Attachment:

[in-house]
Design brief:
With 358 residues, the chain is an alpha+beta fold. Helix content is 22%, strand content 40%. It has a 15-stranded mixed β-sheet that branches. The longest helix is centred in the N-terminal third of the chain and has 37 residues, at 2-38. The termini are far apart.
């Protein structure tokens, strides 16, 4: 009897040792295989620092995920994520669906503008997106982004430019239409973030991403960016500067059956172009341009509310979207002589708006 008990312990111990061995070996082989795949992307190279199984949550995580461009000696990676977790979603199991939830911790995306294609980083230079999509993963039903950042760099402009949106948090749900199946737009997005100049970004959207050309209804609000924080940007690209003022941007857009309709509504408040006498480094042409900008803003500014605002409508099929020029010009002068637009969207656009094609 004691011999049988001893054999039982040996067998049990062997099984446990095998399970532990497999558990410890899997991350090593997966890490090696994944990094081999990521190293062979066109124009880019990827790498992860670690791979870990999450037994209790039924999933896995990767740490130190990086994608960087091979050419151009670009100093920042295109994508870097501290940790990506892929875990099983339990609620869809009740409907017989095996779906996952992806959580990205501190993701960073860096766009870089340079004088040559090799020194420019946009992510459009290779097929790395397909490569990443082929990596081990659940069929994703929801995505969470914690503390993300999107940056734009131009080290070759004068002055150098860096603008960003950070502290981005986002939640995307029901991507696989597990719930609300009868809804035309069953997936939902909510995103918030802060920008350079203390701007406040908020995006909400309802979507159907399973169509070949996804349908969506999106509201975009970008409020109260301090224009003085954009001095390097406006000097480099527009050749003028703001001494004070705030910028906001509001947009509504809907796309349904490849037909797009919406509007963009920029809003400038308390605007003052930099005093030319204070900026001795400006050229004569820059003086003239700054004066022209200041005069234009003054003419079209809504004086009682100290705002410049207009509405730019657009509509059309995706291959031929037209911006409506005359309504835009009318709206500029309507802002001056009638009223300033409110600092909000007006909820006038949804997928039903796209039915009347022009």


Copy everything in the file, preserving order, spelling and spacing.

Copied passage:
[in-house]
Design brief:
With 358 residues, the chain is an alpha+beta fold. Helix content is 22%, strand content 40%. It has a 15-stranded mixed β-sheet that branches. The longest helix is centred in the N-terminal third of the chain and has 37 residues, at 2-38. The termini are far apart.
């Protein structure tokens, strides 16, 4: 009897040792295989620092995920994520669906503008997106982004430019239409973030991403960016500067059956172009341009509310979207002589708006 008990312990111990061995070996082989795949992307190279199984949550995580461009000696990676977790979603199991939830911790995306294609980083230079999509993963039903950042760099402009949106948090749900199946737009997005100049970004959207050309209804609000924080940007690209003022941007857009309709509504408040006498480094042409900008803003500014605002409508099929020029010009002068637009969207656009094609 004691011999049988001893054999039982040996067998049990062997099984446990095998399970532990497999558990410890899997991350090593997966890490090696994944990094081999990521190293062979066109124009880019990827790498992860670690791979870990999450037994209790039924999933896995990767740490130190990086994608960087091979050419151009670009100093920042295109994508870097501290940790990506892929875990099983339990609620869809009740409907017989095996779906996952992806959580990205501190993701960073860096766009870089340079004088040559090799020194420019946009992510459009290779097929790395397909490569990443082929990596081990659940069929994703929801995505969470914690503390993300999107940056734009131009080290070759004068002055150098860096603008960003950070502290981005986002939640995307029901991507696989597990719930609300009868809804035309069953997936939902909510995103918030802060920008350079203390701007406040908020995006909400309802979507159907399973169509070949996804349908969506999106509201975009970008409020109260301090224009003085954009001095390097406006000097480099527009050749003028703001001494004070705030910028906001509001947009509504809907796309349904490849037909797009919406509007963009920029809003400038308390605007003052930099005093030319204070900026001795400006050229004569820059003086003239700054004066022209200041005069234009003054003419079209809504004086009682100290705002410049207009509405730019657009509509059309995706291959031929037209911006409506005359309504835009009318709206500029309507802002001056009638009223300033409110600092909000007006909820006038949804997928039903796209039915009347022009």